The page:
Accepted Paper:

Past perspectives from East Africa on the Sustainable Development Goals   

Authors:

Rob Marchant (York Institute for Tropical Ecosystems)
Daryl Stump (University of York)
Paul Lane (University of Cambridge)

Paper short abstract:

We focus on the complexity of temporal & spatial interactions & interdependencies in the social-ecological systems in a number of focal case studies in East Africa to understand the interactions between people, their environment, wildlife, & livelihoods over the past millennium.

Paper long abstract:

Recent initiatives such as the United Nations' Sustainable Development Goals (SDGs) and the Millennium Ecosystem Assessment highlight the enormous value of the goods and services people obtain from nature, and their crucial role in supporting livelihoods. Ecosystems are the primary resource for human well-being & provide key functions essential to the sustainable economic development, especially for African nations whose economies are heavily dependent on agriculture, rangeland pastoralism, forestry management & wildlife tourism. East African environments are heterogeneous & dynamic, have a long history of interaction with human populations. We focus on the complexity of temporal & spatial interactions & interdependencies in the social-ecological systems in a number of focal case studies in East Africa to understand the interactions between people, their environment, wildlife, & livelihoods over the past millennium. These case studies have been selected to determine how societies, ecosystems & Protected Areas responded to climate change & management, so as to better understand how they may respond to future climate change, management interventions & societal use. Taking this perspective we assess the role of the past in developing nature-based solutions to contribute to East Africa achieving future sustainable development pathways such as achieving the SDGs.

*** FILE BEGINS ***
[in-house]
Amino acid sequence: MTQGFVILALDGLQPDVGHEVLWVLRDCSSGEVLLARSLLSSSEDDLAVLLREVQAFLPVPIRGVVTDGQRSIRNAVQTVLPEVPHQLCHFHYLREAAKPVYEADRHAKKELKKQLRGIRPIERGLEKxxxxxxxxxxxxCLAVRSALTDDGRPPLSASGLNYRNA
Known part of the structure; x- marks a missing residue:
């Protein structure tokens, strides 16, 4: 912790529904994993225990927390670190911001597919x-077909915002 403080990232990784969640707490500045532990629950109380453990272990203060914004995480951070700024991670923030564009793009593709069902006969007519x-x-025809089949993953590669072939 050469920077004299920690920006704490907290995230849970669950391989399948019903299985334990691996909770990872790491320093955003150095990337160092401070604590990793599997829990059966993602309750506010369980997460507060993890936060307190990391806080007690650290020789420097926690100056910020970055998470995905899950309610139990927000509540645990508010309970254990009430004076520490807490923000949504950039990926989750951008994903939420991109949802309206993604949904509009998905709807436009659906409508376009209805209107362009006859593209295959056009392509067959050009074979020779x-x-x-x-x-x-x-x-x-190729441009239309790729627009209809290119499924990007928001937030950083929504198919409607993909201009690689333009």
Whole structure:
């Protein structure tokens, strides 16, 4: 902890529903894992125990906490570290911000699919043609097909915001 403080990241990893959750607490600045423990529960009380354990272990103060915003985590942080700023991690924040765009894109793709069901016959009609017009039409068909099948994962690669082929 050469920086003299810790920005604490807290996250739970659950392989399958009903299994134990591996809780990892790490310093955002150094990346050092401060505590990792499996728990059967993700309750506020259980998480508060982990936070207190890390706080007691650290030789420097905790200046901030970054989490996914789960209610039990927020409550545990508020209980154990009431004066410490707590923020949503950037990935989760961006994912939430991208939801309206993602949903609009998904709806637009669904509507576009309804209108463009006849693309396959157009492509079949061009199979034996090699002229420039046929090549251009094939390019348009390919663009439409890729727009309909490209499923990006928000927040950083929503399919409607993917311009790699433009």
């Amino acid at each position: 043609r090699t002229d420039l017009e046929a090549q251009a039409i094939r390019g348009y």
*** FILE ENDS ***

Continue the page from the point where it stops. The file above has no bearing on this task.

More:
Panel P31
Indigenous populations-vegetation-climate relationship in the past: what can this teach us about sustainable vegetation use in the present?